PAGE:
They have a cult-like following of spirit minded people, but they’re extremely accessible. They have parties every month and invite the public. They are authentic and outspoken.

Natasha Wescoat

There’s a lot to admire about Natasha. Her work ethic tops my list. She is one busy lady. She has multiple streams of income from all sorts of sources related to art and art business. She is not only an artist who sells paintings online, she also runs an online art business course, licenses her work and illustrates children’s books. She is an artist who really understands the business behind the art. More than anything I admire her unstoppable attitude, work ethic and deep understanding of how to make a lot of money with her art.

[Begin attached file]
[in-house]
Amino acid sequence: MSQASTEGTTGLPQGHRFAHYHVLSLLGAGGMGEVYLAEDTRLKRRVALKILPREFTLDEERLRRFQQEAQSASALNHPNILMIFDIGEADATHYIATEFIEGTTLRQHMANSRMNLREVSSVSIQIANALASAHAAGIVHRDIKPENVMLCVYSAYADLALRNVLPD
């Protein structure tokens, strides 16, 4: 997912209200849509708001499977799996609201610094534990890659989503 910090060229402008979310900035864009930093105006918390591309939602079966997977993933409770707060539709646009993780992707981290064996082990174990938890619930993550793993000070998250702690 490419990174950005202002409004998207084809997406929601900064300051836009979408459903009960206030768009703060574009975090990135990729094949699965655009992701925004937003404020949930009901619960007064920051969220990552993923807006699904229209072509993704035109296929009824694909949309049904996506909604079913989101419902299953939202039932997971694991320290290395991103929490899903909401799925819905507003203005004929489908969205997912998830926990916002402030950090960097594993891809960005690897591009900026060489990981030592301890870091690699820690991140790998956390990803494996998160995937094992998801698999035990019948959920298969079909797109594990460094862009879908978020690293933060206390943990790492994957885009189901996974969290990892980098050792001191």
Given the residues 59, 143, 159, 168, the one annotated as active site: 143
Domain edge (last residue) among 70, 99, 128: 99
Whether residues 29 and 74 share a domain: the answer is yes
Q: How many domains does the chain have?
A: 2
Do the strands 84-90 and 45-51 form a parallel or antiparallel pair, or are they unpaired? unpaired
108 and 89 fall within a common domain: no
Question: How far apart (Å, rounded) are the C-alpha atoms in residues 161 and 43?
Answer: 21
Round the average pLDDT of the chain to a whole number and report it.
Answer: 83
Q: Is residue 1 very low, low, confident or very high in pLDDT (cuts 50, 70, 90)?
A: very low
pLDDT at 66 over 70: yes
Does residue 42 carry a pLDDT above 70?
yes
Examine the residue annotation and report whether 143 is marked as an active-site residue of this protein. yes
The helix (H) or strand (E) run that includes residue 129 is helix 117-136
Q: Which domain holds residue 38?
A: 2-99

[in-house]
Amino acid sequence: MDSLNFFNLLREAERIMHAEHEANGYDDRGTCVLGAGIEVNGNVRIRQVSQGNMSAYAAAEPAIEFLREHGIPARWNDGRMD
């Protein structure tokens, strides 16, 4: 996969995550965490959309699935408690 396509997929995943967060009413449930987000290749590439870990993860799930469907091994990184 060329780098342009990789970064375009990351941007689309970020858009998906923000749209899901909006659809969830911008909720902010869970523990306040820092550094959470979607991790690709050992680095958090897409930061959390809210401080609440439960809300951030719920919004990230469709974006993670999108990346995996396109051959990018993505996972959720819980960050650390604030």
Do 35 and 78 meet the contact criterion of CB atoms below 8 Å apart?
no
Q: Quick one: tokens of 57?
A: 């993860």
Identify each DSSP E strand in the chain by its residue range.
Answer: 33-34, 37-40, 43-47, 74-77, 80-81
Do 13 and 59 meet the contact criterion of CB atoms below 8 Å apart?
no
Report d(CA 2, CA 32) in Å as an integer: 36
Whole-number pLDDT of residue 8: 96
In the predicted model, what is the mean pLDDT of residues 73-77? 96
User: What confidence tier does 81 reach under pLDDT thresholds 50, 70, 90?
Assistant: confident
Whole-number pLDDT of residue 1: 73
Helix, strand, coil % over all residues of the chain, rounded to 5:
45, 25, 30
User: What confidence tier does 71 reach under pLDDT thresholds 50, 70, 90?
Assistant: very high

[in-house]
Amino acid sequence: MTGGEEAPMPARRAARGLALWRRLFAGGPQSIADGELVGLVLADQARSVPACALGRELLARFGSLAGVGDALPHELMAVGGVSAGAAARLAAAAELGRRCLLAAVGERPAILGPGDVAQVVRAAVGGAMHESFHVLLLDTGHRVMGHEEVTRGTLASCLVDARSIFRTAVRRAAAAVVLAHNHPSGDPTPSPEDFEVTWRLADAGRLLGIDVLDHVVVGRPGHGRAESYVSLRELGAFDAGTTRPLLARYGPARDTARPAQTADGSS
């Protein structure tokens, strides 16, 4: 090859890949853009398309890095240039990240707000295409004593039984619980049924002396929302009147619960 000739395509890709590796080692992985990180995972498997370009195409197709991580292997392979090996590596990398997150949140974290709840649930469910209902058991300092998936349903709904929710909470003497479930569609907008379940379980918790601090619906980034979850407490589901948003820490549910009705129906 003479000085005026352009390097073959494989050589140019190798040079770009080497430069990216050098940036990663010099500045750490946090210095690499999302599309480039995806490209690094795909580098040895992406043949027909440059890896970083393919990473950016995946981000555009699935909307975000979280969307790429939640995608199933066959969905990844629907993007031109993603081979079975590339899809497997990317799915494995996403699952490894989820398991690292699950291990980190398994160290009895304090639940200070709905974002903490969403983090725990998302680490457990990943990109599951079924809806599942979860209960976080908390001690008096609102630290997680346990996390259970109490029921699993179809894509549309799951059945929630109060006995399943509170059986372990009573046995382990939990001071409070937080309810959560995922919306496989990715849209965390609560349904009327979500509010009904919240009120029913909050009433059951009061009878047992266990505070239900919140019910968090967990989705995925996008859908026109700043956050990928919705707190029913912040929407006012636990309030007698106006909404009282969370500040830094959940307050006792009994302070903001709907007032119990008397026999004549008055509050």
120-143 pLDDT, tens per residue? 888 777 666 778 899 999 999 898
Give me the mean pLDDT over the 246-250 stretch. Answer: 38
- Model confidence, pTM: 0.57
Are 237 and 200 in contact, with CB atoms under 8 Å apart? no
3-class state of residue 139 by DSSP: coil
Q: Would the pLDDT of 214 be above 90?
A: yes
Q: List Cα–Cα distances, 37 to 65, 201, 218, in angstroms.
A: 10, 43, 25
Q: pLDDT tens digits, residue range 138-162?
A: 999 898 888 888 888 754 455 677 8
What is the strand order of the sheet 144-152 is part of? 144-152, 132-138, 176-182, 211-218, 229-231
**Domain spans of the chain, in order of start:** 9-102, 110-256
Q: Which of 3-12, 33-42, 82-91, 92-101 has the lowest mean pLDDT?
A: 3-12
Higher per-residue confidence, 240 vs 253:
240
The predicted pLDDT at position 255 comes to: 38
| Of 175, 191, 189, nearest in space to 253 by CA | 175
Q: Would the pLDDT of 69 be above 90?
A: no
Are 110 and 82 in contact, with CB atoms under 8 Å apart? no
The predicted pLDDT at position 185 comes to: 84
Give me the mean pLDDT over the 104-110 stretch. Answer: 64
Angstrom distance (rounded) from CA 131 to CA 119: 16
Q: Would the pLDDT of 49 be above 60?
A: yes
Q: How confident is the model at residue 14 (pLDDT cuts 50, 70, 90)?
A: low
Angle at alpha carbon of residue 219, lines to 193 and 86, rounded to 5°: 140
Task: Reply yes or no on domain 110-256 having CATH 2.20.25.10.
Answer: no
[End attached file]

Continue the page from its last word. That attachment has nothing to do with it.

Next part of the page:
Amanda Sage

Something about Amanda Sage makes me want to say “Peace girrllll and party on”. I admire her crazy, funky, gypsy style and her dedication to her craft. I admire her authenticity and the confidence and ease in which she paints live at various venues. I admire her line work and her ability to create masterpieces with the same amount of effort that average people use to tie their shoes. She’s amazing in many different ways, but I think that what I admire most about her is the art she creates. It’s incredibly unique and beautiful. It stirs something deep within and calls it forward. I dig it deeply.

The point of this blog post is to learn from these wonderful people.  I’m going to break it down into what we can learn from these mentors:

  • Maintain an upbeat, fun, adventurous and carefree attitude.